“I’ll decide what I can handle, thank you very much,” he replied hotly. “I’m not a child.”

“No, but you’re a mortal.”

“And you’re not,” he said, disbelief dripping from the words in much the same way that water dripped from the ceiling onto his hair.

“Not in the way you’re thinking,” she replied. “There are… degrees of it, I guess you’d say. Depends on how close we get to your world.”

“My world,” he repeated.

“Yup.”

“Are you telling me that we’re on another planet?”

“Don’t be ridiculous,” she scoffed.

“So this is, what, a different dimension? A parallel universe?”

“I don’t know, it’s just Relidran. Don’t think about it too much.”

“I can’t help that,” he said mournfully.

They walked on. Derek wasn’t sure quite how far they’d come, but there wasn’t any sort of daylight ahead. He wondered just how long this passage was; he didn’t have any sort of provisions or equipment for a long journey. He was starting to get hungry, but he buried the thought immediately. “Who’s Carter?” he asked.

No answer. He waited, thinking that she might again decide to respond eventually. They passed through a massive cavern, their footsteps falling silent as the walls flung out and away, beyond the reach of any echo. Out of the corner of his eye, he saw a bright, sickly green light. He looked up and saw, high overhead, a noxious green cloud, snaking in on itself, reaching a tendril down toward him… “I wouldn’t look up there if I were you,” Katrina warned. His neck snapped forward almost of its own accord, and he kept his eyes on the floor.

She led the way through the cavern and back into a low, cramped tunnel on the other side. He thought about trying his previous question again, thinking that maybe she hadn’t heard him. But he knew she had. Instead, he asked, “How did we get here?”

“Someone apparently never learned about touching things that don’t belong to them.”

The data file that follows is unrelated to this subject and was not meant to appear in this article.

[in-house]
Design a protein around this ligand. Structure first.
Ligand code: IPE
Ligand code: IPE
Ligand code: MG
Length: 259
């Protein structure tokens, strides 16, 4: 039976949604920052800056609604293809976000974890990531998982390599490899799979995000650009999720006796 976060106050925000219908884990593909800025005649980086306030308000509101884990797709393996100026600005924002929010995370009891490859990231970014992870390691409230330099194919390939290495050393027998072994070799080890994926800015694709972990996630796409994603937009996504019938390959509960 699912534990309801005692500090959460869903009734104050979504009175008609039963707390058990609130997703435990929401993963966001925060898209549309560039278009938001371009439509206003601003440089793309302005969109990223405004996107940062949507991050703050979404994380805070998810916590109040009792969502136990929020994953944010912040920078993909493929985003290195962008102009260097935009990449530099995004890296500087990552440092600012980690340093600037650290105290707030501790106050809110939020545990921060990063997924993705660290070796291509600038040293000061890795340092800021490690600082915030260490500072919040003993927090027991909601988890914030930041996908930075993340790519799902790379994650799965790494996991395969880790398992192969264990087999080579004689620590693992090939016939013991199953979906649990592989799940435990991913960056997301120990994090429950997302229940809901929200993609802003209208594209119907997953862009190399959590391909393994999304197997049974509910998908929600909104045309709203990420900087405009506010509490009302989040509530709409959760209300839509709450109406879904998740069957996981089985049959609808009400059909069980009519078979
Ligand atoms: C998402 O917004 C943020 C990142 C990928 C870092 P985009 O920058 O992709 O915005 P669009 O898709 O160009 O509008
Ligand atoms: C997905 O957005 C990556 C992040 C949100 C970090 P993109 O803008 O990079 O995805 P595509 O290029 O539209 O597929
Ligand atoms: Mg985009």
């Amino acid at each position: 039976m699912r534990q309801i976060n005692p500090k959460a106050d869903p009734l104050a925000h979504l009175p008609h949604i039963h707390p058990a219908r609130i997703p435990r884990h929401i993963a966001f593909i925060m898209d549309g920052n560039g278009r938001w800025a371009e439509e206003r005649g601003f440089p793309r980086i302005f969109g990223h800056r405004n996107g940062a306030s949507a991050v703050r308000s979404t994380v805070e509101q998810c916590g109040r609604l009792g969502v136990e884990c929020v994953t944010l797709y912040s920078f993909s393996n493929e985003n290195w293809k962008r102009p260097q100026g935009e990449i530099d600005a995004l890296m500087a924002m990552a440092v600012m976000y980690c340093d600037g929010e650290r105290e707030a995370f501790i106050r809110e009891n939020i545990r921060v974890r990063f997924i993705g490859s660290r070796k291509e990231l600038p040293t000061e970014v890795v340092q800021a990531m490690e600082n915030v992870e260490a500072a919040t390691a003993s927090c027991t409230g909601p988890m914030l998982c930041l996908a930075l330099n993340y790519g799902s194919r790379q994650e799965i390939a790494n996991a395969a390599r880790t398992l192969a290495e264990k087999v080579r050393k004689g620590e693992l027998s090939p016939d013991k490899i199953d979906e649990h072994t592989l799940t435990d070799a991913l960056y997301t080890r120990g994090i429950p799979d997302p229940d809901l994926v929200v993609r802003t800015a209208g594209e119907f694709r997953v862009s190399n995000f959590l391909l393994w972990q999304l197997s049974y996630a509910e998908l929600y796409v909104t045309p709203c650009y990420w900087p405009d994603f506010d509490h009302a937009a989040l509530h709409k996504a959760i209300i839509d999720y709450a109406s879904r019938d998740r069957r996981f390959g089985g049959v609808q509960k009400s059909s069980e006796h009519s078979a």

“I was just trying to help,” he muttered, and hated how horribly young and petulant he sounded. “So that… that doodad of yours–”

“The vocarte.”

“Right, that. It brought us here?”

He thought he saw a ghost of a shrug from the narrow, velvet-clad shoulders. “Basically.”

“Can it take us back?”

“No.”

A little tendril of panic took this opportunity to climb its way out of his gut towards his brain, but he ruthlessly stamped it down. By the end of the day, he was going to be an expert in repression. “You’re sure of that?”

“Quite. It’s a one-way ticket.”

“Then there must be another way to get back to… to my world.”

“Not for you, kitten.”

He stumbled over not much of anything, and his poor legs just barely caught him in time to save him from another painful sprawl. “No no no no, there has to be a way.”

She sighed. “Look, I don’t honestly know how you even got here. No mortal has ever crossed the divide. Ever. Grabbing the vocarte when it went live should have just fried you into a little pile of ashes. You’re either the luckiest or unluckiest bastard in history, because you made it here, and now you’re stuck here.” She grinned at him, the first time she’d actually looked at him since leaving the gallery. “Might as well make yourself at home.”